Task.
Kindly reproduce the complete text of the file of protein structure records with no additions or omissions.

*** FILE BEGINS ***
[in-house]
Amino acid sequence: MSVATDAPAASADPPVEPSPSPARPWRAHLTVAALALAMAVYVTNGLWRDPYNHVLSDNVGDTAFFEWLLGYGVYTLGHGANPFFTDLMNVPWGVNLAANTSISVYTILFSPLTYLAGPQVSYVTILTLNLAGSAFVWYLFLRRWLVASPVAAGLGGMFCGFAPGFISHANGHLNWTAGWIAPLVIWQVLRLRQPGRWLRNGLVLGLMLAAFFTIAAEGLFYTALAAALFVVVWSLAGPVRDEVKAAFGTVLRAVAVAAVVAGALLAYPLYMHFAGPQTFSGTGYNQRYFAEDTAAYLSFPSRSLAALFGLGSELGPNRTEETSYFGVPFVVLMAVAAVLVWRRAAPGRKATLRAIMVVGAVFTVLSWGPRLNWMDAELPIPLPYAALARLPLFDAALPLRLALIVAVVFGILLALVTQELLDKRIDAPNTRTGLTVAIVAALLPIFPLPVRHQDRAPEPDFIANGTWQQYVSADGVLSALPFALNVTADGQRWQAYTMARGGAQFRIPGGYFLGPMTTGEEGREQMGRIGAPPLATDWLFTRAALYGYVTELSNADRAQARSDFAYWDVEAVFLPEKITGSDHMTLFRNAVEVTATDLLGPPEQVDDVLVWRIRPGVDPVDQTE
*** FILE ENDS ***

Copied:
[in-house]
Amino acid sequence: MSVATDAPAASADPPVEPSPSPARPWRAHLTVAALALAMAVYVTNGLWRDPYNHVLSDNVGDTAFFEWLLGYGVYTLGHGANPFFTDLMNVPWGVNLAANTSISVYTILFSPLTYLAGPQVSYVTILTLNLAGSAFVWYLFLRRWLVASPVAAGLGGMFCGFAPGFISHANGHLNWTAGWIAPLVIWQVLRLRQPGRWLRNGLVLGLMLAAFFTIAAEGLFYTALAAALFVVVWSLAGPVRDEVKAAFGTVLRAVAVAAVVAGALLAYPLYMHFAGPQTFSGTGYNQRYFAEDTAAYLSFPSRSLAALFGLGSELGPNRTEETSYFGVPFVVLMAVAAVLVWRRAAPGRKATLRAIMVVGAVFTVLSWGPRLNWMDAELPIPLPYAALARLPLFDAALPLRLALIVAVVFGILLALVTQELLDKRIDAPNTRTGLTVAIVAALLPIFPLPVRHQDRAPEPDFIANGTWQQYVSADGVLSALPFALNVTADGQRWQAYTMARGGAQFRIPGGYFLGPMTTGEEGREQMGRIGAPPLATDWLFTRAALYGYVTELSNADRAQARSDFAYWDVEAVFLPEKITGSDHMTLFRNAVEVTATDLLGPPEQVDDVLVWRIRPGVDPVDQTE